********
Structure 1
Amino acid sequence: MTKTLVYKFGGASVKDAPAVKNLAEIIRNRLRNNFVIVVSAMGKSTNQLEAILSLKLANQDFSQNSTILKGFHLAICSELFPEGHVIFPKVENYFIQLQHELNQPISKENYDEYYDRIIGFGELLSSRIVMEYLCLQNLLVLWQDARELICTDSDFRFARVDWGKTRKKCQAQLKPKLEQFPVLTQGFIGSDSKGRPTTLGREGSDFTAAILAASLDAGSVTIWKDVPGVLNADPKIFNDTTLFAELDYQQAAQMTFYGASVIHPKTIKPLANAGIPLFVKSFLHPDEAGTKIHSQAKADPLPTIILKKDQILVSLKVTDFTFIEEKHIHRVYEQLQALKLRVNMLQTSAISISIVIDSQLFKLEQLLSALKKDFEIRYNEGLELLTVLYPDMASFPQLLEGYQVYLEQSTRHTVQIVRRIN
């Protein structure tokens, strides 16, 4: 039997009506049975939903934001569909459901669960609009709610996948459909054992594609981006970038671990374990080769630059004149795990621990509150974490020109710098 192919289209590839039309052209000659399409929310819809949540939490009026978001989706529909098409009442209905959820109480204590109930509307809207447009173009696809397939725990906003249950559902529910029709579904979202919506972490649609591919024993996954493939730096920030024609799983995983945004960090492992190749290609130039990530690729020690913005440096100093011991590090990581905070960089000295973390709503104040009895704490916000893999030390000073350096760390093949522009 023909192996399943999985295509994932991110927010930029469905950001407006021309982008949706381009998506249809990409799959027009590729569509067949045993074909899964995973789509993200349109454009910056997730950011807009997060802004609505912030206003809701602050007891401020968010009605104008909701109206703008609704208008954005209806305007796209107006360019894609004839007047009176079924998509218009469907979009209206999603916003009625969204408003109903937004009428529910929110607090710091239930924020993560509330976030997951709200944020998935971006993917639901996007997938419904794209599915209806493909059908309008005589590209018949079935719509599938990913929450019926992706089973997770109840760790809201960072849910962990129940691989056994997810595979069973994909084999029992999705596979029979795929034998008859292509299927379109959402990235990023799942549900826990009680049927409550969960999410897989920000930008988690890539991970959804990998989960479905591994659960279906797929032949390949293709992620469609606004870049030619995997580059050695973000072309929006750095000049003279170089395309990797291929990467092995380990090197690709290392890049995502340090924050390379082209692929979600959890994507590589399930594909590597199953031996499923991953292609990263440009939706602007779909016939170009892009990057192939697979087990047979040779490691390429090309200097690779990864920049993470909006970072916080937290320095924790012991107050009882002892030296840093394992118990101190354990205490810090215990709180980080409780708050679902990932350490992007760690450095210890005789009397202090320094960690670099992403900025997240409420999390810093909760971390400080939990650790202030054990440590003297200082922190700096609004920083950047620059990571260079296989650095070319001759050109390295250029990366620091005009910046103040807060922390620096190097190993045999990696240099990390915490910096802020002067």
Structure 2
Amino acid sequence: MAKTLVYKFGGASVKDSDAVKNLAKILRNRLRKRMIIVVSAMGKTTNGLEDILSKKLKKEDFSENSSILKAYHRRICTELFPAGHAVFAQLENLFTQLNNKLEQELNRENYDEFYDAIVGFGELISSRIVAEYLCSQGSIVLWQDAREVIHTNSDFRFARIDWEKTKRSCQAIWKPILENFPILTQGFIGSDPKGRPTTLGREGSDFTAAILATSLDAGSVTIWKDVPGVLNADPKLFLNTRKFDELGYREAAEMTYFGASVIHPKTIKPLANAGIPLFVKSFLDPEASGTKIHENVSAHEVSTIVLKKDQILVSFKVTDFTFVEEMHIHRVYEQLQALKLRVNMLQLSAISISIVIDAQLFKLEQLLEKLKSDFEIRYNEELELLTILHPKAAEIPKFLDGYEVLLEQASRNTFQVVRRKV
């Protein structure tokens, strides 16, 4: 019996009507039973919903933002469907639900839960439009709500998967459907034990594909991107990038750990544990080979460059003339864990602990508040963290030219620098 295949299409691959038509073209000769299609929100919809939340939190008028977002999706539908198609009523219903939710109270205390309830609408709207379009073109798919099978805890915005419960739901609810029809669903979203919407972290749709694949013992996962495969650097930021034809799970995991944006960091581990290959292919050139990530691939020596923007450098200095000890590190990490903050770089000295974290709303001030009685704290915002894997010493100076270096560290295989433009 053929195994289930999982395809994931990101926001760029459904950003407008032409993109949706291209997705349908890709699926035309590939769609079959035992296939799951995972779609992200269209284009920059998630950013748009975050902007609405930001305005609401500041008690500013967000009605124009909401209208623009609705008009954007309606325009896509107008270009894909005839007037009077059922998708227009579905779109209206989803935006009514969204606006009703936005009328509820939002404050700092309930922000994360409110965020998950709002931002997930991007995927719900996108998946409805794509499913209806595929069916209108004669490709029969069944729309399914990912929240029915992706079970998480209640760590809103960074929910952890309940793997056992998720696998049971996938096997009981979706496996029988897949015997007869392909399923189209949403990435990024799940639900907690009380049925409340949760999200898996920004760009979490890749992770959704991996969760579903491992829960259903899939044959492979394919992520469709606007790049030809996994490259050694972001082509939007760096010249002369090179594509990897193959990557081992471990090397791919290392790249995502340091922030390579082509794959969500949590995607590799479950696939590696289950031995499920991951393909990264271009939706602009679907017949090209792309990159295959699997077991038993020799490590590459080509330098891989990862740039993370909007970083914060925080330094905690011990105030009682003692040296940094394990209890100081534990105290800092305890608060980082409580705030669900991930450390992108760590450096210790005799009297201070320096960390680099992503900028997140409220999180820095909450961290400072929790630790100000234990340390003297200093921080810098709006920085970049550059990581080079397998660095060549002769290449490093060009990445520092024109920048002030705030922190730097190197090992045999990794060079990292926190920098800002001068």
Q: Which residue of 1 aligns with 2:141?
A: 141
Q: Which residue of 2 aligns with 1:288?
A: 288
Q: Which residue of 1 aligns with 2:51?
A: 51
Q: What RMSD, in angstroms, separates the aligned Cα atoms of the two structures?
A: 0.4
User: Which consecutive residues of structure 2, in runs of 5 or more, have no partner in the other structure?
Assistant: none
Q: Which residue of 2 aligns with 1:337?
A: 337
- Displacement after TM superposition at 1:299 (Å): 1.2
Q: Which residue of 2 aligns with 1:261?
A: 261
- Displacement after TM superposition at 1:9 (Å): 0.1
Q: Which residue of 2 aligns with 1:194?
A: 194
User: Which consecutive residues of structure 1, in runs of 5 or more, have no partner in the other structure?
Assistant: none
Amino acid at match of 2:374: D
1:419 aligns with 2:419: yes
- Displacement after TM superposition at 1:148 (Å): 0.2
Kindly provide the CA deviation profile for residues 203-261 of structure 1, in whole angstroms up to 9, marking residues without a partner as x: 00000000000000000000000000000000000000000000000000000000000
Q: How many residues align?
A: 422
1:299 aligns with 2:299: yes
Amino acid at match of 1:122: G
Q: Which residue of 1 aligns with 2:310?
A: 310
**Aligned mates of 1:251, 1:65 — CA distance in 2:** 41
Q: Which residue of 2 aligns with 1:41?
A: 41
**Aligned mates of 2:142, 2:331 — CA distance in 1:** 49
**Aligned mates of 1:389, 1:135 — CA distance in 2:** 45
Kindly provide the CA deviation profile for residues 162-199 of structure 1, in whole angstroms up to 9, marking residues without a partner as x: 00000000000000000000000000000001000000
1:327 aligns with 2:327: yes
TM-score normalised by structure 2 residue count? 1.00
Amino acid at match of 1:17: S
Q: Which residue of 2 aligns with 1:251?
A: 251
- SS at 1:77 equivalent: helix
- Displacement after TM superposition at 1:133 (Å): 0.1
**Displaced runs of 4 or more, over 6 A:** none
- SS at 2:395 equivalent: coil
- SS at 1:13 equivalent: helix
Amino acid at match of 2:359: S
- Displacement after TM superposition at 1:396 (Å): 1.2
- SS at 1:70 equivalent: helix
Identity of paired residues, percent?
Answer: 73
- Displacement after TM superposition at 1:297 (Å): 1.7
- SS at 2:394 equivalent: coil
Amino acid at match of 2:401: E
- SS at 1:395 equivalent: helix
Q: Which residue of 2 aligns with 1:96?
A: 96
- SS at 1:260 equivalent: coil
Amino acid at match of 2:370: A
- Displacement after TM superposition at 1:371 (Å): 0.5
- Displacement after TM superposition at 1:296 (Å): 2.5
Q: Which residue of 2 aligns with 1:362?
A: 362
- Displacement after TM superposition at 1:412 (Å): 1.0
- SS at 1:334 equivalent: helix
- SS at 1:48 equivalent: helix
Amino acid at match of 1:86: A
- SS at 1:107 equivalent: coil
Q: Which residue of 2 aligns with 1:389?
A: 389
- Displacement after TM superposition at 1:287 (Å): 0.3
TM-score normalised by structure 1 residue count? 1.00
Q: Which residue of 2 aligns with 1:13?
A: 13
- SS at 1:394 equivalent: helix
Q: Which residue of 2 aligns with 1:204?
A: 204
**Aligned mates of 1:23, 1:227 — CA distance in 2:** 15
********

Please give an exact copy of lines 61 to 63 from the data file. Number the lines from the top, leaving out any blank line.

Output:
- SS at 1:395 equivalent: helix
Q: Which residue of 2 aligns with 1:96?
A: 96